Few travellers make the journey all the way out to this sprawling temple complex, but most who do find it a pleasant spot. It’s certainly a good counterpoint to the crowded and more famous temples nearby.
Originally containing more than 60 structures, Ninna-ji was built in 888 and is the head temple of the Omuro branch of the Shingon school. The present temple buildings, including a five-storey pagoda, date from the 17th century.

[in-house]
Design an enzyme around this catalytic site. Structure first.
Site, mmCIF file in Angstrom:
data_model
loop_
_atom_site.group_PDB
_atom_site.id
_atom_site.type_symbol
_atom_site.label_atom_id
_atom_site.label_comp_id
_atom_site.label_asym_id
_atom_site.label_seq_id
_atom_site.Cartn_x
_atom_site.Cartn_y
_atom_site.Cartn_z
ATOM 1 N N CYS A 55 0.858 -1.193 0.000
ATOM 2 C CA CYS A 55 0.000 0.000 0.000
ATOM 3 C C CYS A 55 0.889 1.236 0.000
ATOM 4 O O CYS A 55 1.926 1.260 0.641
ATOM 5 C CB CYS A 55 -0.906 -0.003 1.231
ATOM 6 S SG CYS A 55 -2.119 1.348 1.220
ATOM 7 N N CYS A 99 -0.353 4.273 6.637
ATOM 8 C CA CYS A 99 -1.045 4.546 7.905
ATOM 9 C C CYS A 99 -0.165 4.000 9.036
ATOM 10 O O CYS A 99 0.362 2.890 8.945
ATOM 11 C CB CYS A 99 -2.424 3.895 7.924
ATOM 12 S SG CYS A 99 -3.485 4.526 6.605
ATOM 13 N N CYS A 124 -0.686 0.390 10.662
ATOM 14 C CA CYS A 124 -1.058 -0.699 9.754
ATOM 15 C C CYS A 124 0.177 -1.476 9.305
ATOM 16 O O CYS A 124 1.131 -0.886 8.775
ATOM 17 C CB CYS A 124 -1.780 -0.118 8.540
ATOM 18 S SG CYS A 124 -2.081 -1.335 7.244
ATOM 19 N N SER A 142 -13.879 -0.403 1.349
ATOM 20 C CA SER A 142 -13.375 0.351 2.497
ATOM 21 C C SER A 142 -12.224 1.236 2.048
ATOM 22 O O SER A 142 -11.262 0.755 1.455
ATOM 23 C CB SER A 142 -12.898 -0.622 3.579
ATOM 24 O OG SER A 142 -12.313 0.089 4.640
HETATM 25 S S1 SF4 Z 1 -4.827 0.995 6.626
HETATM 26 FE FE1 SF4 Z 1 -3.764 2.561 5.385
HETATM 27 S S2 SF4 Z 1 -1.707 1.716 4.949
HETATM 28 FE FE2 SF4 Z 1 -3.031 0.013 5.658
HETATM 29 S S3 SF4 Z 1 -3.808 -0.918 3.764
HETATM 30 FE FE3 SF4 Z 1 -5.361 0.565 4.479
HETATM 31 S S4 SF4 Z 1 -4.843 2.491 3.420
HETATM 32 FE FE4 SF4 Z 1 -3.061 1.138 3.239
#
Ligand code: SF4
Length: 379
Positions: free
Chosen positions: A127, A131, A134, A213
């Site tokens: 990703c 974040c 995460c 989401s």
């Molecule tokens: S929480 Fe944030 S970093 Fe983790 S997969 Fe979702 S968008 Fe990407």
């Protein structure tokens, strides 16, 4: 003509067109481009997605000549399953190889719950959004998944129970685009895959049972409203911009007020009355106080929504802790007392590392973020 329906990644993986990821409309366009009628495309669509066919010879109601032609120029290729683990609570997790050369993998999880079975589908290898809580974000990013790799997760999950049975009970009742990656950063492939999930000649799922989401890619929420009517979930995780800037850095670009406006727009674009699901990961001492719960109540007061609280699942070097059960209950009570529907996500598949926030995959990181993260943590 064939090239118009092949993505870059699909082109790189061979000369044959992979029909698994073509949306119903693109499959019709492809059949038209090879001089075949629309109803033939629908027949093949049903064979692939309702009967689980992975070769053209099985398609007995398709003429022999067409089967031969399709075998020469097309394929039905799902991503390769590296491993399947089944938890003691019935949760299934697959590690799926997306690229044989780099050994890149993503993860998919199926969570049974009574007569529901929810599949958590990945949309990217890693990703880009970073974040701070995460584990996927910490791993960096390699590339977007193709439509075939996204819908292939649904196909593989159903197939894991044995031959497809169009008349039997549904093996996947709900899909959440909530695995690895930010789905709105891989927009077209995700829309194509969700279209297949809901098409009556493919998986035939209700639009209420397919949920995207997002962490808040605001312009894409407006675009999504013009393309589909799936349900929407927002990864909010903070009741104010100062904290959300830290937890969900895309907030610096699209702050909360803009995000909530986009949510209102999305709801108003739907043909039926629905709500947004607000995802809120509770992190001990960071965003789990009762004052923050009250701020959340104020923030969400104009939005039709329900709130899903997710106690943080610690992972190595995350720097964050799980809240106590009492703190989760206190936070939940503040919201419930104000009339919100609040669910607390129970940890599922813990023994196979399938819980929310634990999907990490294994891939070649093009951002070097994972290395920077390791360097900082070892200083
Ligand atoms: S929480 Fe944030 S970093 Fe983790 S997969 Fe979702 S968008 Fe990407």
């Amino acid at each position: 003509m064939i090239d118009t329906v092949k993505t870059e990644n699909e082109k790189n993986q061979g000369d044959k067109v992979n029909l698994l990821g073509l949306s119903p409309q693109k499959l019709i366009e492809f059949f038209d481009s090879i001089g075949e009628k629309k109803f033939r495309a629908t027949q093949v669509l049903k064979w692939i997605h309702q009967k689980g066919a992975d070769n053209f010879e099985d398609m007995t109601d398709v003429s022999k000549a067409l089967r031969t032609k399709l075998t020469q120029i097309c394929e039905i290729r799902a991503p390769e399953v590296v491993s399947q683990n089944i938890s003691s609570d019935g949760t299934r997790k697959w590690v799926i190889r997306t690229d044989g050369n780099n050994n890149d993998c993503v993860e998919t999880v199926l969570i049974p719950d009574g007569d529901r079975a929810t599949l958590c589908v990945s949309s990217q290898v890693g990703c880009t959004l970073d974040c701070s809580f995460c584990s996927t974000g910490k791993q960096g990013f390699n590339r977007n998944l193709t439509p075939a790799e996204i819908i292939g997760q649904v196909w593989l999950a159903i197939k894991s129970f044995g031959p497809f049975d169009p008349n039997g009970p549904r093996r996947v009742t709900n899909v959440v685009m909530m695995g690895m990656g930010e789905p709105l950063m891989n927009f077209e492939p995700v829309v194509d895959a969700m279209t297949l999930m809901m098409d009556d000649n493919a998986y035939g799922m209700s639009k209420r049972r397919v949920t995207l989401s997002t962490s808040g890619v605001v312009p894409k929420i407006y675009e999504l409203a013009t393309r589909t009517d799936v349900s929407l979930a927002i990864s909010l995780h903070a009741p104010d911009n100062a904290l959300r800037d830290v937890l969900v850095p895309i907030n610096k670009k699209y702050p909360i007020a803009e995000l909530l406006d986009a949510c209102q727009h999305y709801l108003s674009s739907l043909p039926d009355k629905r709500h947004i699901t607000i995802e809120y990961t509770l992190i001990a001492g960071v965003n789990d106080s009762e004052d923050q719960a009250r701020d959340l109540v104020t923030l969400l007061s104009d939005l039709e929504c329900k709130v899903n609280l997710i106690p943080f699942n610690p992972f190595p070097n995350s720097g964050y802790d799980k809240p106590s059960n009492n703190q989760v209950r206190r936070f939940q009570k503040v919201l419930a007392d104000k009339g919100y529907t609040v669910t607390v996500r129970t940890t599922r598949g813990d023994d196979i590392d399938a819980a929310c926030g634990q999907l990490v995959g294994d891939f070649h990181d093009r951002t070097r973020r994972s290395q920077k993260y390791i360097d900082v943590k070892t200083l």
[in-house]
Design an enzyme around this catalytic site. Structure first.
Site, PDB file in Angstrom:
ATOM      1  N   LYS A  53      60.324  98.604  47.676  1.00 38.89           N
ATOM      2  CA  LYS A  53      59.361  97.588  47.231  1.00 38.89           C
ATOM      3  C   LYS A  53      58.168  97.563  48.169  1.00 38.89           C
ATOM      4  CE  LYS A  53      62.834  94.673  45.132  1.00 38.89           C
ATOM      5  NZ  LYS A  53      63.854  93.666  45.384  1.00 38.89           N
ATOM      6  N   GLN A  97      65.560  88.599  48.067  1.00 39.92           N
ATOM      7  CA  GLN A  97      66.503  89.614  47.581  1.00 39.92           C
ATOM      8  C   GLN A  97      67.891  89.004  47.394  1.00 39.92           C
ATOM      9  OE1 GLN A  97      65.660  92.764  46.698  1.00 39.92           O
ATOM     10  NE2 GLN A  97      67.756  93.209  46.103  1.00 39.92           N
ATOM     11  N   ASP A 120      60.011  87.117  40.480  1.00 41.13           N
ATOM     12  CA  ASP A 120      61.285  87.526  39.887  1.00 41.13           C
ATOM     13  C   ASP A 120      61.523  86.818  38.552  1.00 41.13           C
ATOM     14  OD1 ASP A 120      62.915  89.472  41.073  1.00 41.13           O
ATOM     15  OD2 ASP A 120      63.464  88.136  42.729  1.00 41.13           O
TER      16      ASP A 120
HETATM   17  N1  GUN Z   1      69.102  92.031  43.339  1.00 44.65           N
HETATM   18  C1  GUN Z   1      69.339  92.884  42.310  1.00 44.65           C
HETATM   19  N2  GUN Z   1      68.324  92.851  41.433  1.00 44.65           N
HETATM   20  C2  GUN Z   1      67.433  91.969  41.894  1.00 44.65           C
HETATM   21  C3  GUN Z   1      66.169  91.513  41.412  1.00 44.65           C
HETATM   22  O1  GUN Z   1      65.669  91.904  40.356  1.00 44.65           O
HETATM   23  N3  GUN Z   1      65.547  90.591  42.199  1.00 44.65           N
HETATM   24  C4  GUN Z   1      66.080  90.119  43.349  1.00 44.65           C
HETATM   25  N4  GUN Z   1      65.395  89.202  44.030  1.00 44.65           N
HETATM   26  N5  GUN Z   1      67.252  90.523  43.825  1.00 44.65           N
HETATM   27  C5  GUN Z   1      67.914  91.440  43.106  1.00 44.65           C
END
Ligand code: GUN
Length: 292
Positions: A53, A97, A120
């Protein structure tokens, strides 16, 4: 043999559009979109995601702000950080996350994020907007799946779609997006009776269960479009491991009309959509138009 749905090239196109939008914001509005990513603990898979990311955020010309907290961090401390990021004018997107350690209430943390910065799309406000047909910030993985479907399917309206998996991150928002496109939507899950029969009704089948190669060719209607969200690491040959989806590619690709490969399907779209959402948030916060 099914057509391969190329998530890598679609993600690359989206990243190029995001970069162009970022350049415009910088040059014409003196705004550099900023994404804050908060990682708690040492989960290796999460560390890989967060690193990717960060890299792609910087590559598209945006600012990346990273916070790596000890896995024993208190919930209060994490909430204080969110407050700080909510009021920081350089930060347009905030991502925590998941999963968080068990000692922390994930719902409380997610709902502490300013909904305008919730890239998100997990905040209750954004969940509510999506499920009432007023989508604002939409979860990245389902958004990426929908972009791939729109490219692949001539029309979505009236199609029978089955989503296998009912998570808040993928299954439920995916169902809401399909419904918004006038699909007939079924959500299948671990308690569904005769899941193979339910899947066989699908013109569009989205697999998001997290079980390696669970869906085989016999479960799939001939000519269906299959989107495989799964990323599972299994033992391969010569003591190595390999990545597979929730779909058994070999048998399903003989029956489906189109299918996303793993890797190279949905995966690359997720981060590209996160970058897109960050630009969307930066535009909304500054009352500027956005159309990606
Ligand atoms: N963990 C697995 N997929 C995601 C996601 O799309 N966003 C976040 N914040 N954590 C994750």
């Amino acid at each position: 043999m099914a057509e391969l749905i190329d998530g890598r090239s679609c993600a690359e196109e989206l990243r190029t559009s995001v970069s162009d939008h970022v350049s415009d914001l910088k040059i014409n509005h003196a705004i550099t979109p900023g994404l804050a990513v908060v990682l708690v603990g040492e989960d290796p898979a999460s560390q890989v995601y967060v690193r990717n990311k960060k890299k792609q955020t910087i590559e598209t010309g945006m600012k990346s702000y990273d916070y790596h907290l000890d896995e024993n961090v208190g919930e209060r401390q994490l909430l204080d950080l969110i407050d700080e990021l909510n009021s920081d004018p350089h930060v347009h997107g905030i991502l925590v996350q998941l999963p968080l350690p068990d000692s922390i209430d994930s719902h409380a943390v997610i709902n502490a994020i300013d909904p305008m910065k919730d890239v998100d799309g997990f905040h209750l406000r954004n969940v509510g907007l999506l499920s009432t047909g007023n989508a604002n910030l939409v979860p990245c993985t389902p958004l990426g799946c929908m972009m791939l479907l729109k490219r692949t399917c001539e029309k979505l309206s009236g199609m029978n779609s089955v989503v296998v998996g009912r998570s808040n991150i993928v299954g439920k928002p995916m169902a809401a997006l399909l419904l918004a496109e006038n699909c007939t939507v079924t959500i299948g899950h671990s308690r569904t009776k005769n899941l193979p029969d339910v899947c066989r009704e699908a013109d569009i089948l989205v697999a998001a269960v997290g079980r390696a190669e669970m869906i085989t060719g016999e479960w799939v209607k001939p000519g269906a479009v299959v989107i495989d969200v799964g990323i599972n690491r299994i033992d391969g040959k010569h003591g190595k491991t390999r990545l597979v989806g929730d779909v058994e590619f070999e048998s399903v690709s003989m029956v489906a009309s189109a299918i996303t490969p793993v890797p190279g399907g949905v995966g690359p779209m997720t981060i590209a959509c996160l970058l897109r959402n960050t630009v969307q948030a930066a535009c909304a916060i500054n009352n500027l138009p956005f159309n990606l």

On the extensive grounds you’ll find a peculiar grove of short-trunked, multi-petalled cherry trees called Omuro-no-Sakura, which draw large crowds in April. A separate fee (¥500) is charged to enter during blooming season.
Separate admission fees (an additional ¥500 each) are charged for both the Kondō (Main Hall) and Reihōkan (Treasure House), which are only open April to May and October to November.